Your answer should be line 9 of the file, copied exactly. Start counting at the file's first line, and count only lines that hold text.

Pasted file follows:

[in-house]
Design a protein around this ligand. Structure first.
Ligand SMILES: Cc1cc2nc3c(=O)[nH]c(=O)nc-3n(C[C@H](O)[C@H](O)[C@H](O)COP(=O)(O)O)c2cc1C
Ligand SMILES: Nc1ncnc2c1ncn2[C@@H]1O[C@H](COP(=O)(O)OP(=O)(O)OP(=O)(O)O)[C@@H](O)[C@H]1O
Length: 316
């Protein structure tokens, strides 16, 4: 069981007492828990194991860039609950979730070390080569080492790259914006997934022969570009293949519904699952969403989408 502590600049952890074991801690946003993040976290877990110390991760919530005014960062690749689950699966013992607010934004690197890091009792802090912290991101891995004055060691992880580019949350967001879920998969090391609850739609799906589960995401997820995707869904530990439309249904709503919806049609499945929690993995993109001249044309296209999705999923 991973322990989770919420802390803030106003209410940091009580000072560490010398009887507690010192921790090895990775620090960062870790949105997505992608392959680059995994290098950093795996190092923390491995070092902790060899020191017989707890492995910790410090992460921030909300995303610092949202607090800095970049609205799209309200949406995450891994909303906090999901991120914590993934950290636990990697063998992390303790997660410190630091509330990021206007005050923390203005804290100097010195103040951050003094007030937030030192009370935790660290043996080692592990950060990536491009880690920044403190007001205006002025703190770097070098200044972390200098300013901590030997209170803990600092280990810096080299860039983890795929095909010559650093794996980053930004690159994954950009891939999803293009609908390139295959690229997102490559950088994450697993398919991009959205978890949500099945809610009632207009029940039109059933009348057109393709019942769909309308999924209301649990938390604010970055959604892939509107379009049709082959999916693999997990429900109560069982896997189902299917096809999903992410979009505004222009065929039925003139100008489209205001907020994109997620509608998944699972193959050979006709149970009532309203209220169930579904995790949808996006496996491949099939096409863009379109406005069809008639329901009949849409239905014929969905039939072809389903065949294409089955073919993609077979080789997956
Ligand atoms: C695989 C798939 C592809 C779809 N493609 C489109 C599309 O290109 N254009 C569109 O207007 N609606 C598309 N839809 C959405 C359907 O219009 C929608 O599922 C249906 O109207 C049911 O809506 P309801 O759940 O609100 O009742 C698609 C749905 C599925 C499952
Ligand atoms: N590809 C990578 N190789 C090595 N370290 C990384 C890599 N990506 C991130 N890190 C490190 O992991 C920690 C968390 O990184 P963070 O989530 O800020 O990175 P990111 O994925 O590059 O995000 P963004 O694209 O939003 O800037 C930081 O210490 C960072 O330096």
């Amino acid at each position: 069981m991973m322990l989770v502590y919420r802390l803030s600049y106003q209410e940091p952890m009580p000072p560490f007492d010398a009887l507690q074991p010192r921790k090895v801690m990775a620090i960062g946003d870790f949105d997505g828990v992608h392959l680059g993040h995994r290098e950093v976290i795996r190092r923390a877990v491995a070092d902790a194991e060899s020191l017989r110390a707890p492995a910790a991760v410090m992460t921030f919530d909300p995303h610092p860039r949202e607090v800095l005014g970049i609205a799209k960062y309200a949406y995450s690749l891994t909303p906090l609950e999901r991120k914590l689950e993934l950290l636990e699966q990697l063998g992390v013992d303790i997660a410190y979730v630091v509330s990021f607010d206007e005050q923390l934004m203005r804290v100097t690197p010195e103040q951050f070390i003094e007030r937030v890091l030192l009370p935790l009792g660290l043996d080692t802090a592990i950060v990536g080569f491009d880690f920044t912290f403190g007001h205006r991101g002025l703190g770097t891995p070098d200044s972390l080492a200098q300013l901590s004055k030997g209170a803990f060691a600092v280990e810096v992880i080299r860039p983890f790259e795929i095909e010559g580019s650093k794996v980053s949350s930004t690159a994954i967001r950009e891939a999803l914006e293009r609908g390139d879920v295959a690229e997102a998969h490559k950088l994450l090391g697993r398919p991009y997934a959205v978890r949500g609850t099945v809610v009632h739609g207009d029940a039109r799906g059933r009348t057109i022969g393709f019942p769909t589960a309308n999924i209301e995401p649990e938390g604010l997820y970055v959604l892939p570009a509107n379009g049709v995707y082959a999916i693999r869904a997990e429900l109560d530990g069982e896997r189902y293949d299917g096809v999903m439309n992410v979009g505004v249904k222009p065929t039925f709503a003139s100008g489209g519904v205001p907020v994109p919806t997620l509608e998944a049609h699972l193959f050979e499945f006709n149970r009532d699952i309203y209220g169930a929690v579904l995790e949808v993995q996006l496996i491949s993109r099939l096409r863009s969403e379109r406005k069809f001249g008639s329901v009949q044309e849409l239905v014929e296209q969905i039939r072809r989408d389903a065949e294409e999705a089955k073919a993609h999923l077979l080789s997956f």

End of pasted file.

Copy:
């Amino acid at each position: 069981m991973m322990l989770v502590y919420r802390l803030s600049y106003q209410e940091p952890m009580p000072p560490f007492d010398a009887l507690q074991p010192r921790k090895v801690m990775a620090i960062g946003d870790f949105d997505g828990v992608h392959l680059g993040h995994r290098e950093v976290i795996r190092r923390a877990v491995a070092d902790a194991e060899s020191l017989r110390a707890p492995a910790a991760v410090m992460t921030f919530d909300p995303h610092p860039r949202e607090v800095l005014g970049i609205a799209k960062y309200a949406y995450s690749l891994t909303p906090l609950e999901r991120k914590l689950e993934l950290l636990e699966q990697l063998g992390v013992d303790i997660a410190y979730v630091v509330s990021f607010d206007e005050q923390l934004m203005r804290v100097t690197p010195e103040q951050f070390i003094e007030r937030v890091l030192l009370p935790l009792g660290l043996d080692t802090a592990i950060v990536g080569f491009d880690f920044t912290f403190g007001h205006r991101g002025l703190g770097t891995p070098d200044s972390l080492a200098q300013l901590s004055k030997g209170a803990f060691a600092v280990e810096v992880i080299r860039p983890f790259e795929i095909e010559g580019s650093k794996v980053s949350s930004t690159a994954i967001r950009e891939a999803l914006e293009r609908g390139d879920v295959a690229e997102a998969h490559k950088l994450l090391g697993r398919p991009y997934a959205v978890r949500g609850t099945v809610v009632h739609g207009d029940a039109r799906g059933r009348t057109i022969g393709f019942p769909t589960a309308n999924i209301e995401p649990e938390g604010l997820y970055v959604l892939p570009a509107n379009g049709v995707y082959a999916i693999r869904a997990e429900l109560d530990g069982e896997r189902y293949d299917g096809v999903m439309n992410v979009g505004v249904k222009p065929t039925f709503a003139s100008g489209g519904v205001p907020v994109p919806t997620l509608e998944a049609h699972l193959f050979e499945f006709n149970r009532d699952i309203y209220g169930a929690v579904l995790e949808v993995q996006l496996i491949s993109r099939l096409r863009s969403e379109r406005k069809f001249g008639s329901v009949q044309e849409l239905v014929e296209q969905i039939r072809r989408d389903a065949e294409e999705a089955k073919a993609h999923l077979l080789s997956f």